The figures come despite a dip in enrolment: Total students enrolled at Nahda University in Beni Suef (NUB) declined 2.2% y-o-y on the back of a 48% drop in new admissions. The company said this came as a result of the changes to the Thanaweya Amma examination system, which reduced the number of eligible students. NUB raised its average tuition revenue per student by more than 7% y-o-y to EGP 52.3k, reflecting an increase in the number of revenue days compared to the same period last year.

Looking forward: Taaleem expects further growth during the rest of the academic year, despite challenging conditions given the global situation and the recent devaluation of the EGP, said Managing Director Mohamed El Rashidi in the release. NUB will launch two new faculties — a faculty of arts and a faculty of architecture — after getting approval through the required presidential decree. The new faculties will begin operating in September 2022, bringing the total number of faculties at the university to 10, while progress continues on the company’s second higher education institution, Badya University in West Cairo.



Hear that? It’s the rare sound of the nation’s talking heads not talking. The absence of anything to report from last night’s talkshows must mean we’ve reached peak Ramadan. Watch some ads, instead.


The Sovereign Fund of Egypt (SFE) could launch a sub-fund responsible for managing the sale of state-owned companies on the EGX under the government’s privatization program, a cabinet statement said Thursday, without providing further details. This came during a meeting between SFE head Ayman Soliman, Prime Minister Moustafa Madbouly and a number of other officials last week.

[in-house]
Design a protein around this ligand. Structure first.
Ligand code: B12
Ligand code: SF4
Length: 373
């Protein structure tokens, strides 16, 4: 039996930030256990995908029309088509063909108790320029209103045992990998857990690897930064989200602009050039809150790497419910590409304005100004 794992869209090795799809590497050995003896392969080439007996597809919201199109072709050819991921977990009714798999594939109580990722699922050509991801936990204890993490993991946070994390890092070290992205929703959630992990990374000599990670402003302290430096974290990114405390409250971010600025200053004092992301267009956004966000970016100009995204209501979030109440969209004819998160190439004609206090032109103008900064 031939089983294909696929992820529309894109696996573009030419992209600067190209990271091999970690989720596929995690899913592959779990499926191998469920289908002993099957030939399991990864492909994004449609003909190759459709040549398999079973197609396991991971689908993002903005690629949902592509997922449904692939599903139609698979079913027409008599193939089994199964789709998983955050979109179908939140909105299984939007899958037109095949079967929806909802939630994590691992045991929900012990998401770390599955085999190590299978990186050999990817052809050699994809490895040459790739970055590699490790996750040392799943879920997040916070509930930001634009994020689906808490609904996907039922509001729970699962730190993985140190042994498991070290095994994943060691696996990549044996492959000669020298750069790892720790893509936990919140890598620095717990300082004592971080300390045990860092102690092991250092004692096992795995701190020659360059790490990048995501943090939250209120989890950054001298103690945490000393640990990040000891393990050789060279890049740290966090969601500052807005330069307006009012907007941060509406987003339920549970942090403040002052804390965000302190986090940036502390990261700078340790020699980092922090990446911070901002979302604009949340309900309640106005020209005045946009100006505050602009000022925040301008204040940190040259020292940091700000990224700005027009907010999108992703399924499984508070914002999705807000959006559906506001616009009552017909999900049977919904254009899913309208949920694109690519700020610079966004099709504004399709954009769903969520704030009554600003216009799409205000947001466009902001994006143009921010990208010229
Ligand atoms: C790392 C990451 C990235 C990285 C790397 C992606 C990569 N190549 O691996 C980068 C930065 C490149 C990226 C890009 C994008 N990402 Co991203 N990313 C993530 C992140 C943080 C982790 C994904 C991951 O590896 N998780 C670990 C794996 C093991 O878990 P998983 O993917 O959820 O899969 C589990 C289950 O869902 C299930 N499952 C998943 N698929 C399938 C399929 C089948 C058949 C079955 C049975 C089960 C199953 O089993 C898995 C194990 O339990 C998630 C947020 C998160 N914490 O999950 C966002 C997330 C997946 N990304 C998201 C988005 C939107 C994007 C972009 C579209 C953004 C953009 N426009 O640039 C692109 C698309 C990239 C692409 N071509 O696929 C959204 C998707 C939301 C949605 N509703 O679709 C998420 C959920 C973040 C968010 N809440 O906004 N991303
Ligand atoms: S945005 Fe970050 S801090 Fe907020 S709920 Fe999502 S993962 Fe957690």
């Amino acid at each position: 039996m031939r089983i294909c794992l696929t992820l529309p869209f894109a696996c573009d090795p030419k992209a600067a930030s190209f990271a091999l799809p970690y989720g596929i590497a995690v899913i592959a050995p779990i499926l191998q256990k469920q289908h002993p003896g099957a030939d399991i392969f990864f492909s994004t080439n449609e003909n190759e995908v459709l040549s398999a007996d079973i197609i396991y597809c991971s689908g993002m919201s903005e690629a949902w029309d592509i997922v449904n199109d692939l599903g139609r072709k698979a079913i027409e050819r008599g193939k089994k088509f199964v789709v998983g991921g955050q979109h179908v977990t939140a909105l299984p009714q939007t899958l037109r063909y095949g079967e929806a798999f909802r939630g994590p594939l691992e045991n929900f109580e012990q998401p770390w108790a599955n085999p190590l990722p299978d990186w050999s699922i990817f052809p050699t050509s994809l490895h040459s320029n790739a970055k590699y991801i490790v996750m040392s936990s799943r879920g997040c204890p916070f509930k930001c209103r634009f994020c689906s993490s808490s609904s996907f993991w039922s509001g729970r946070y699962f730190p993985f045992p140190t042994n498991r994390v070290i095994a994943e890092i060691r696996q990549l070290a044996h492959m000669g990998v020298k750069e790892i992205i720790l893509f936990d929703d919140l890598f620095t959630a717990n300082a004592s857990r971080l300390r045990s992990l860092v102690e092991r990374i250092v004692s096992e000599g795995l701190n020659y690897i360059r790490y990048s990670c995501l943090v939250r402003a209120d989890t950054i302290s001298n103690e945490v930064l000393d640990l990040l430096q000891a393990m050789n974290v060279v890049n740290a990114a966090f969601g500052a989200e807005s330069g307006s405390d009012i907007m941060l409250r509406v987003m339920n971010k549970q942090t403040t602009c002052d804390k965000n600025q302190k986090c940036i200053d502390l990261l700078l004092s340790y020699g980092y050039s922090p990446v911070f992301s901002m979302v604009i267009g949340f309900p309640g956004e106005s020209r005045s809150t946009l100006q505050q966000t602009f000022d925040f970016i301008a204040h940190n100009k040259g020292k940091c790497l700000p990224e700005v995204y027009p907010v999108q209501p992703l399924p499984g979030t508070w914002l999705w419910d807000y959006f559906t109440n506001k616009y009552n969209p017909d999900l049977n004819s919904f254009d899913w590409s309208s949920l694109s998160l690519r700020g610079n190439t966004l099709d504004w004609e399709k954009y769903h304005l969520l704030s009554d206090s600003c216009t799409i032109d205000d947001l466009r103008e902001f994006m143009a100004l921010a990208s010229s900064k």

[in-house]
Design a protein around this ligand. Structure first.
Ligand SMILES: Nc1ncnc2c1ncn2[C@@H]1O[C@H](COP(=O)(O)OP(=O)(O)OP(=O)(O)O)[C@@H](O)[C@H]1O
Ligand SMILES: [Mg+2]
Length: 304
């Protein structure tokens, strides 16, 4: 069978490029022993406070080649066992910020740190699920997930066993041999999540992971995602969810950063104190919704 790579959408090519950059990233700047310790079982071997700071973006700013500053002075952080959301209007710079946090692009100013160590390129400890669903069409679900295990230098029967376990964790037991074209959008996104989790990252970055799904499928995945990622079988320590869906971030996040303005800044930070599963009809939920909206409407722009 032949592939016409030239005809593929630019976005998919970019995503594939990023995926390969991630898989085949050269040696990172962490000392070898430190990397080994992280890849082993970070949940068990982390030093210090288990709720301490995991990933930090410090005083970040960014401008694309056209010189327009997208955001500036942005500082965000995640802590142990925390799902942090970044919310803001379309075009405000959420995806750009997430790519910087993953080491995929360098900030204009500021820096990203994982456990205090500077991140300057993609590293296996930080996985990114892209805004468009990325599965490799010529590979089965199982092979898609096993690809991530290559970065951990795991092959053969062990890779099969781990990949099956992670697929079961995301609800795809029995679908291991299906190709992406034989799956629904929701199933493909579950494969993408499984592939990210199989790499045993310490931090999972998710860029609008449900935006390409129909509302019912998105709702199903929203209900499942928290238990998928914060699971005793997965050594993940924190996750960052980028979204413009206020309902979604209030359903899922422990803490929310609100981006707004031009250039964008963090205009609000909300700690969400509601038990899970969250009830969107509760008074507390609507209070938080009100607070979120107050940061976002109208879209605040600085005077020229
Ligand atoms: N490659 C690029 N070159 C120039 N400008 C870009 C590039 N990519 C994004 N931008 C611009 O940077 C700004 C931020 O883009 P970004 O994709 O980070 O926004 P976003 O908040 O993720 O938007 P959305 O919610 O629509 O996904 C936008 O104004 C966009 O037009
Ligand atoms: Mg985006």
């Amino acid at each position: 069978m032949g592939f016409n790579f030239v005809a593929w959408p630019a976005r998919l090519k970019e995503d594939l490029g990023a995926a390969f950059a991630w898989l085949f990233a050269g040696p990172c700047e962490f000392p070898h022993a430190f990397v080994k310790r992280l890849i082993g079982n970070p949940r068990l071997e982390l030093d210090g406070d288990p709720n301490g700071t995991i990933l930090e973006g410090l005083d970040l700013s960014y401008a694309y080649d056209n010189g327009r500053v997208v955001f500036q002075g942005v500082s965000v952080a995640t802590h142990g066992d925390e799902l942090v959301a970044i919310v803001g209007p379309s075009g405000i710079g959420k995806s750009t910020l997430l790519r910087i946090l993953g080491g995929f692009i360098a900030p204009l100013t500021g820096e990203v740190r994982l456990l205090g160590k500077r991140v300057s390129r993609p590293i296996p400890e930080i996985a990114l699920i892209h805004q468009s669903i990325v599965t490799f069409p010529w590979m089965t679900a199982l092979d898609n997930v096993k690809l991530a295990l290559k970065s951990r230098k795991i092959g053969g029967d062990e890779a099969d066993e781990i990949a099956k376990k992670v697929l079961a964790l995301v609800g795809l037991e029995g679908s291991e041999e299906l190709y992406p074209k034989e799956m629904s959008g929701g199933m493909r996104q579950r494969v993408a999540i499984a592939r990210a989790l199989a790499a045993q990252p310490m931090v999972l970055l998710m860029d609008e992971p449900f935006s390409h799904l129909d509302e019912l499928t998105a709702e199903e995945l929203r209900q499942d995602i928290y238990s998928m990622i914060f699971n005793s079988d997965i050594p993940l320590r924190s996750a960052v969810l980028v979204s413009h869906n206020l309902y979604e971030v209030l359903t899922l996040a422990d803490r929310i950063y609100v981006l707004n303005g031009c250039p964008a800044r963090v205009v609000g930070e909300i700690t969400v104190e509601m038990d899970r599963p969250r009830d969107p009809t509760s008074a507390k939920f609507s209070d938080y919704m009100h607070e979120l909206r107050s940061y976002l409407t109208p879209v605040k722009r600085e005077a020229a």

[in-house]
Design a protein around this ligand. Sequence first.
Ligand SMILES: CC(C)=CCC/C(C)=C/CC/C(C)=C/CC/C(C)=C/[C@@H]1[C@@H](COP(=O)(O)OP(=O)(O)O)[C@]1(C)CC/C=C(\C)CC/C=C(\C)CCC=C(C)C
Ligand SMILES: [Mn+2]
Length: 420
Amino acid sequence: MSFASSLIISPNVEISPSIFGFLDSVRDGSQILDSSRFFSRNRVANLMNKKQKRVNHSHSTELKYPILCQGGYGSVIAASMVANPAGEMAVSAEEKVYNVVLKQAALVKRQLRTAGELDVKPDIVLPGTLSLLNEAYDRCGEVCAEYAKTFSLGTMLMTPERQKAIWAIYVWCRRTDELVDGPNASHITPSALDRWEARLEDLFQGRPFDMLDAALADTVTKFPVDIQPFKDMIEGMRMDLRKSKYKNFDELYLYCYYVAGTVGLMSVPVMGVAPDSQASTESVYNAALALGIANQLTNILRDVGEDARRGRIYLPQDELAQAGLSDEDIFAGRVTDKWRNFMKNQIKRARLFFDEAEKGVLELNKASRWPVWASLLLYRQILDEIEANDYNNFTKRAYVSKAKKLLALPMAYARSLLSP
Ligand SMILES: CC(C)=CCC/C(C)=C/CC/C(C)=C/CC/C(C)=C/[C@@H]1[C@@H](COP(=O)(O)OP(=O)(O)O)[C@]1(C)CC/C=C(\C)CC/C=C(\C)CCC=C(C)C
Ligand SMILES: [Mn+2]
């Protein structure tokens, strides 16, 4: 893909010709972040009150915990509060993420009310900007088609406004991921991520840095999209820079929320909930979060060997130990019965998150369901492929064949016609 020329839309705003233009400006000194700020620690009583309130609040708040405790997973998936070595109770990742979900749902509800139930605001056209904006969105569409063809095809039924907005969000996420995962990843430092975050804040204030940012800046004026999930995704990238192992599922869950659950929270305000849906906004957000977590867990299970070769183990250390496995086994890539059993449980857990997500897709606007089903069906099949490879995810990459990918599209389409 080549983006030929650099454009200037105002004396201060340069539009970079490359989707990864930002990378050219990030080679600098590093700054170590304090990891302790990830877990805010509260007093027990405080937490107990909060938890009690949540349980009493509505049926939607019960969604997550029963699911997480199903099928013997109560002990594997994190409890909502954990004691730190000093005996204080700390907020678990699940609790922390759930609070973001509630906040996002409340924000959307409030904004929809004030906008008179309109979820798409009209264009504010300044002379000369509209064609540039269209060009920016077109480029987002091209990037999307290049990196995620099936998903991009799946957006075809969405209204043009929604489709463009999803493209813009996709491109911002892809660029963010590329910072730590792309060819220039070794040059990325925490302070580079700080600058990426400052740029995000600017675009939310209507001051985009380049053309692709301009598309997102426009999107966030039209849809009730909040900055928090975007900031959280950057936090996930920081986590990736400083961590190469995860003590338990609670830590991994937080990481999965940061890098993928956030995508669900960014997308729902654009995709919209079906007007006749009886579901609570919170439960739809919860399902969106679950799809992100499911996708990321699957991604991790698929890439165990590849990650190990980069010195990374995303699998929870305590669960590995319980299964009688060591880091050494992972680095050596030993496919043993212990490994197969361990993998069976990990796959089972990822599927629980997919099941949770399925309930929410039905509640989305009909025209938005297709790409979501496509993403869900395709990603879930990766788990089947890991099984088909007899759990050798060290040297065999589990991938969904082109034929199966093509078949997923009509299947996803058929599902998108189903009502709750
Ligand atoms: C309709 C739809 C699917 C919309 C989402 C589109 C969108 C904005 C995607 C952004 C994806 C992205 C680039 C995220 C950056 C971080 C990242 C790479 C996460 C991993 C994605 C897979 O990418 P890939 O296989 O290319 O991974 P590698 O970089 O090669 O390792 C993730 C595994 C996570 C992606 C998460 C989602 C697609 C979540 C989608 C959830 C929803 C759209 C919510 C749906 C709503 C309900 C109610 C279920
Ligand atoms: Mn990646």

Have a number of international companies been temporarily suspended from the Trade Ministry’s green list of companies approved to export to Egypt? That’s the contention of stories out overnight in Al Shorouk and El Watan, neither of which we could confirm on deadline. A number of household names are among those the newspapers claim are impacted. The Trade Ministry’s General Organization for Export and Import Control (better known by its acronym, GOEIC) has reportedly pulled permissions for just over 250 exporters since January 2021 for having failed to register factories exporting to Egypt or to prove they are brand owners or authorized licensees.


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Standard Chartered plans major exit in MEA markets — but still wants to enter Egypt: Standard Chartered is completely shutting its business in seven countries in Africa and the Middle East in efforts to redirect resources to countries “where it can have the greatest scale and growth potential,” it said in a press release. The bank will fully exit Angola, Cameroon, Gambia, Jordan, Lebanon, Sierra Leone, and Zimbabwe, and reduce its operations in Tanzania and Cote d’Ivoire. The bank is still planning to enter Egypt, having had its license application approved on a preliminary basis by the central bank earlier this year — and it has opened its first branch in KSA.